Carbonation of Grignard Reagents ( or Alkyllithium Compounds ) ( R-Li )
Formation of Nitriles and Hydrolysis DMSO H 2 SO 4 H2OH2O heat SN2SN2
or CO 2 CrO 3 H 2 SO 4 KMnO 4 H 2 SO 4 KMnO 4 NaCN acetone DIBAL or Rosenmund KMnO 4 Li or Mg H2OH2O H2OH2O H 2 SO 4 H2OH2O or KMnO 4 SYNTHESIS OF CARBOXYLIC ACIDS ( DUE TO LACK OF SPACE REACTION CONDITIONS ARE ABBREVIATED) KMnO 4 ( benzene = R sidechain = R’ ) This is all stuff you know! SOCl 2 Chap 19
Reactions of Carboxylic Acids Nucleophiles that are also strong bases react with carboxylic acids by removing a proton first, before any nucleophilic substitution reaction can take place.
Nucleophilic acyl substitution reactions of carboxylic acids
Treatment of a carboxylic acid with thionyl chloride (SOCl 2 ) affords an acid chloride. This is possible because thionyl chloride converts the OH group of the acid into a better leaving group, and because it provides the nucleophile (Cl ¯ ) to displace the leaving group.
Although carboxylic acids cannot readily be converted into anhydrides, dicarboxylic acids can be converted to cyclic anhydrides by heating to high temperatures. This is a dehydration reaction because a water molecule is lost from the diacid.
Esterification of a carboxylic acid occurs in the presence of acid but not in the presence of base. Base removes a proton from the carboxylic acid, forming the carboxylate anion, which does not react with an electron-rich nucleophile.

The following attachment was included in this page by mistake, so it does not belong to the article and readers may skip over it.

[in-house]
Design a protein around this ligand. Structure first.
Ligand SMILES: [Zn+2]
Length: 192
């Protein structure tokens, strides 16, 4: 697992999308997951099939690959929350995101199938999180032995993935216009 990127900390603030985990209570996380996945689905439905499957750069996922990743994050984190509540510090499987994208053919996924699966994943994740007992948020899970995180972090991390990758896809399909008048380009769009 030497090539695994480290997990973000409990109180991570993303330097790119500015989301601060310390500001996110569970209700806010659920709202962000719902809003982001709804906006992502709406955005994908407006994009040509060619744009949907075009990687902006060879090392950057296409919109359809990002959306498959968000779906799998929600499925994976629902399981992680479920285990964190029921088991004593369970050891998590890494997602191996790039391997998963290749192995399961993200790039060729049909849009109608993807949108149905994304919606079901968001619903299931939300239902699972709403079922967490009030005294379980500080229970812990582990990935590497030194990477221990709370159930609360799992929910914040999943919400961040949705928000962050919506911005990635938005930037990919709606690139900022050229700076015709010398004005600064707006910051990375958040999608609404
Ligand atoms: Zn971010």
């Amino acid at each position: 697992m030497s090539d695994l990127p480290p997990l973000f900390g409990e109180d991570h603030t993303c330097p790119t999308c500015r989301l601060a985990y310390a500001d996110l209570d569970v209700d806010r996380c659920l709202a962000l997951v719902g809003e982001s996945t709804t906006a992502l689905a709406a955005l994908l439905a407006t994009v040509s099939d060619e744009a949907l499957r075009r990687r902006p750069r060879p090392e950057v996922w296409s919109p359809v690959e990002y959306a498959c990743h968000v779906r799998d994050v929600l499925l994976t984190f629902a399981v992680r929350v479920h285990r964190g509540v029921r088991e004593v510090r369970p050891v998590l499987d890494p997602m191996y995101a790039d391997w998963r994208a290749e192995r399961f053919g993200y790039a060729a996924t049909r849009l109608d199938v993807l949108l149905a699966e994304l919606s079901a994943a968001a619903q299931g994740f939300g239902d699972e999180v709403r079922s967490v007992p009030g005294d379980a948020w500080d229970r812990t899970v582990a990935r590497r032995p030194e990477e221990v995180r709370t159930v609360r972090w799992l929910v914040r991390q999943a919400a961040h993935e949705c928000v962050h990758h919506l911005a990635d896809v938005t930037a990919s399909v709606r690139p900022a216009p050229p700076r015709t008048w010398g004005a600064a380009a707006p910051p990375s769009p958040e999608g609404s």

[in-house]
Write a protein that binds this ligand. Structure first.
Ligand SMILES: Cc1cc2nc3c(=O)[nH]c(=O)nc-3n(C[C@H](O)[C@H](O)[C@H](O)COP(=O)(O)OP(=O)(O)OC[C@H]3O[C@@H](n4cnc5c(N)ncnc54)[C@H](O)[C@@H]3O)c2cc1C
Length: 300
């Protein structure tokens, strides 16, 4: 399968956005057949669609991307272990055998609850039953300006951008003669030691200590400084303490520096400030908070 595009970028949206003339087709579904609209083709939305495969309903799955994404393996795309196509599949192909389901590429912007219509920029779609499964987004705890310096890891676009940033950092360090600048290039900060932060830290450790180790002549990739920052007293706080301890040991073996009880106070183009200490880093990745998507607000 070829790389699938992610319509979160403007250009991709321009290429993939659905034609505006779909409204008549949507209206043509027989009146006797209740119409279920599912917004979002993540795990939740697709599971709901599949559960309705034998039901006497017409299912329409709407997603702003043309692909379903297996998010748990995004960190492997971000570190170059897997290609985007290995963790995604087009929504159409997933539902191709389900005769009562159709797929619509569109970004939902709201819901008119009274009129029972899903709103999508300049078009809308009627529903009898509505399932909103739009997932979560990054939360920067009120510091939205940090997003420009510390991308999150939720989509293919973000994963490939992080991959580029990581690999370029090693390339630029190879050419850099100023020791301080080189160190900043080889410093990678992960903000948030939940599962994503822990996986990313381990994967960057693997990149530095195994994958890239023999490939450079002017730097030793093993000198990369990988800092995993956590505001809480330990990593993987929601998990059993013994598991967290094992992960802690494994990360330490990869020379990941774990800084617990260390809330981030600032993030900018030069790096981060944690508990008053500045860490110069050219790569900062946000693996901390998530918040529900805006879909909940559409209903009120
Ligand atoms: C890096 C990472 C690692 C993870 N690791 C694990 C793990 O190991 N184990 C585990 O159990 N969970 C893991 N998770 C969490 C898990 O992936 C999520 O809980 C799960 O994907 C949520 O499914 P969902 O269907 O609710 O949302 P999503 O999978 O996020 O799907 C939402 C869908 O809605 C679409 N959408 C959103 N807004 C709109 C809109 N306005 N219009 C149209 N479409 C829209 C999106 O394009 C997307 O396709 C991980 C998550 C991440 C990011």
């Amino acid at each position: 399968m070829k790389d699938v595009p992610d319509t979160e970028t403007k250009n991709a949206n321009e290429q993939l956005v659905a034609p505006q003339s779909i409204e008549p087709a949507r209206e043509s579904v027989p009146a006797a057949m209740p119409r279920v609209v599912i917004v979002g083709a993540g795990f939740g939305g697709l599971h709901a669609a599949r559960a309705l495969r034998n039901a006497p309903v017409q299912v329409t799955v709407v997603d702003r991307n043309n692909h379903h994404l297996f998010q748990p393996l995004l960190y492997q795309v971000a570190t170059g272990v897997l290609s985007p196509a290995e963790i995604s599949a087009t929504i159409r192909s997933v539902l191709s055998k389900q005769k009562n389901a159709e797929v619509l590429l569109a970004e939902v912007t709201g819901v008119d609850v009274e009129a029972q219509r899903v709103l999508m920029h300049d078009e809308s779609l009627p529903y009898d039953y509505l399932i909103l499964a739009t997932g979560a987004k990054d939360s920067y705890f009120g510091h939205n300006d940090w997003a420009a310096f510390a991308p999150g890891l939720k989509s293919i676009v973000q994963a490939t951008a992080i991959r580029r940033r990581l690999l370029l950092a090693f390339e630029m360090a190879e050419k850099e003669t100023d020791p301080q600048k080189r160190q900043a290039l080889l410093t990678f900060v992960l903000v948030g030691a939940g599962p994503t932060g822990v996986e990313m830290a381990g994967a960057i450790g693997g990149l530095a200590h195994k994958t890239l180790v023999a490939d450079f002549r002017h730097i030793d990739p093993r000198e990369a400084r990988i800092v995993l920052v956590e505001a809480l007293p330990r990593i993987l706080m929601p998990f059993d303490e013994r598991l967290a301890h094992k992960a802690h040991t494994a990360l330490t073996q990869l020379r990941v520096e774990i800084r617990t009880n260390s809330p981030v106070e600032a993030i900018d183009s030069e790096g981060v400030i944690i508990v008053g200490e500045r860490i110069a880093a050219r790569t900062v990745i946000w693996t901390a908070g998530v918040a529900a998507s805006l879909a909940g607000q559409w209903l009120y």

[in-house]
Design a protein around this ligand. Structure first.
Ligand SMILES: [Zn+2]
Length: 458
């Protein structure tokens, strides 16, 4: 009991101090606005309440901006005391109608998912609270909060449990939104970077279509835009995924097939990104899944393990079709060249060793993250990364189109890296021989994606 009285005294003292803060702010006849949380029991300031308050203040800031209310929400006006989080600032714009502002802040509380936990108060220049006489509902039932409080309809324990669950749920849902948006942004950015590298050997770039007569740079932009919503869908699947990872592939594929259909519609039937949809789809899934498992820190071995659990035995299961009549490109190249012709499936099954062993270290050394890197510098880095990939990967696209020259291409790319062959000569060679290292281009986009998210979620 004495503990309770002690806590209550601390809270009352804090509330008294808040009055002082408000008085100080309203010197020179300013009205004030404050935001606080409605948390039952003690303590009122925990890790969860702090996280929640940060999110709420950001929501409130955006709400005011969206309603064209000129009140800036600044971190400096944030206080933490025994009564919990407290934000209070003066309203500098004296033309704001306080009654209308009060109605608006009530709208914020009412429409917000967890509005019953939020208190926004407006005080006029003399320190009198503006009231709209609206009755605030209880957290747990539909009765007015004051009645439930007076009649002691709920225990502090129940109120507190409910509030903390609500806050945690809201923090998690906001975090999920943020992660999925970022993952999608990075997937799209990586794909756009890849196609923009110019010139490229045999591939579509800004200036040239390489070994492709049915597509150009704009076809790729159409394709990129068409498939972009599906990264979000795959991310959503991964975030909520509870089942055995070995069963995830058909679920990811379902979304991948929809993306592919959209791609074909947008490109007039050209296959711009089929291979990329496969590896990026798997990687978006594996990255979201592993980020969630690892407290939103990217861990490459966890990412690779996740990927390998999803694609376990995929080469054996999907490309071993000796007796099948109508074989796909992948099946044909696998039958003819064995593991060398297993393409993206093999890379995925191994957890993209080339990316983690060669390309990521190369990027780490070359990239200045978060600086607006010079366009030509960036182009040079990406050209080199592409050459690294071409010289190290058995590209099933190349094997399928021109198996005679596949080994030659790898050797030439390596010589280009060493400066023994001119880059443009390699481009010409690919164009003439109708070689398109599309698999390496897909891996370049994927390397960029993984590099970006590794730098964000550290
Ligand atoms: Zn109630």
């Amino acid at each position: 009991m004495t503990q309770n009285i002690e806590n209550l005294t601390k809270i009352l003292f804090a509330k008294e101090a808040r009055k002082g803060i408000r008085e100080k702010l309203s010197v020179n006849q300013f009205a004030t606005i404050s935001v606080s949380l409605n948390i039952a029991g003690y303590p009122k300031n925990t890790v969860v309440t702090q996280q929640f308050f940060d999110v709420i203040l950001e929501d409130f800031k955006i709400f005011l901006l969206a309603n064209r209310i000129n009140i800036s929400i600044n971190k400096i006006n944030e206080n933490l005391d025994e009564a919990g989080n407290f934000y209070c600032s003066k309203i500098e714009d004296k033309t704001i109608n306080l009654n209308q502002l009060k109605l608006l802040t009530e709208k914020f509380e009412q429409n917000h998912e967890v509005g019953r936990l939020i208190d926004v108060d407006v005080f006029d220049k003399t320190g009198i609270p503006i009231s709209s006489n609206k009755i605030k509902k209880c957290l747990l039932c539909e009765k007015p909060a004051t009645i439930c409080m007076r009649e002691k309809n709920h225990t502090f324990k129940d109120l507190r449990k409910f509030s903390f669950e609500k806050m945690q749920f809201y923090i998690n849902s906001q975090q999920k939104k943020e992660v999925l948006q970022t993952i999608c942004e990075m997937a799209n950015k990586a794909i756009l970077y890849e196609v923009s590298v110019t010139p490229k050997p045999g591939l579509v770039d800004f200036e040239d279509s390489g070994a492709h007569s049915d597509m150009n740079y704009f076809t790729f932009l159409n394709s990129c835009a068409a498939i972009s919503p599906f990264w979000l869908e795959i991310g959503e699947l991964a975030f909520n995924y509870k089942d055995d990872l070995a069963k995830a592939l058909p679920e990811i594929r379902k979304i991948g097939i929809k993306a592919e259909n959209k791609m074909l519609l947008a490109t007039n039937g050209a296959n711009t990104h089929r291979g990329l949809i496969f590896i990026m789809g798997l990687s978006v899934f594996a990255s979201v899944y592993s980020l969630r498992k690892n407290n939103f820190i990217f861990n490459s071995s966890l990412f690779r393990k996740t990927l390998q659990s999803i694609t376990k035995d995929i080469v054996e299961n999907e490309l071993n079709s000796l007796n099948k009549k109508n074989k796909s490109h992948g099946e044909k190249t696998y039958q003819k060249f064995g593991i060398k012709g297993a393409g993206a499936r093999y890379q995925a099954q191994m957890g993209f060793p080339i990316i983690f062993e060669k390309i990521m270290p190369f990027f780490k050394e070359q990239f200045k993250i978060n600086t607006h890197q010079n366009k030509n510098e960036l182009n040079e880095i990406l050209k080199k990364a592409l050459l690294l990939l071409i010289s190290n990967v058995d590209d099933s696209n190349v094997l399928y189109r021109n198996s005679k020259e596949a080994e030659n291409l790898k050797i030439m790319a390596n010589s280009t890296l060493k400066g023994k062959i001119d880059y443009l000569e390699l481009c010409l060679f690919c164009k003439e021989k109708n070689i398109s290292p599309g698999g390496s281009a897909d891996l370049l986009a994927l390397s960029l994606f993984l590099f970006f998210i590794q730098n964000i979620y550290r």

Intramolecular esterification of - and -hydroxyl carboxylic acids forms five- and six-membered lactones.
Carboxylic acids cannot be converted into amides by reaction with NH 3 or an amine because amines are bases, and undergo an acid-base reaction to form an ammonium salt before nucleophilic substitution occurs. However, heating the ammonium salt at high temperature (>100°C) dehydrates the resulting ammonium salt of the carboxylate anion to form an amide, although the yield can be low.
The overall conversion of RCOOH to RCONH 2 requires two steps:  Acid-base reaction of RCOOH with NH 3 to form an ammonium salt.  Dehydration at high temperature (>100°C).
A carboxylic acid and an amine readily react to form an amide in the presence of an additional reagent, dicyclohexylcarbodimide (DCC), which is converted to the by-product dicyclohexylurea in the course of the reaction.
DCC is a dehydrating agent. The dicyclohexylurea by-product is formed by adding the elements of H 2 O to DCC. DCC promotes amide formation by converting the carboxy group OH group into a better leaving group.
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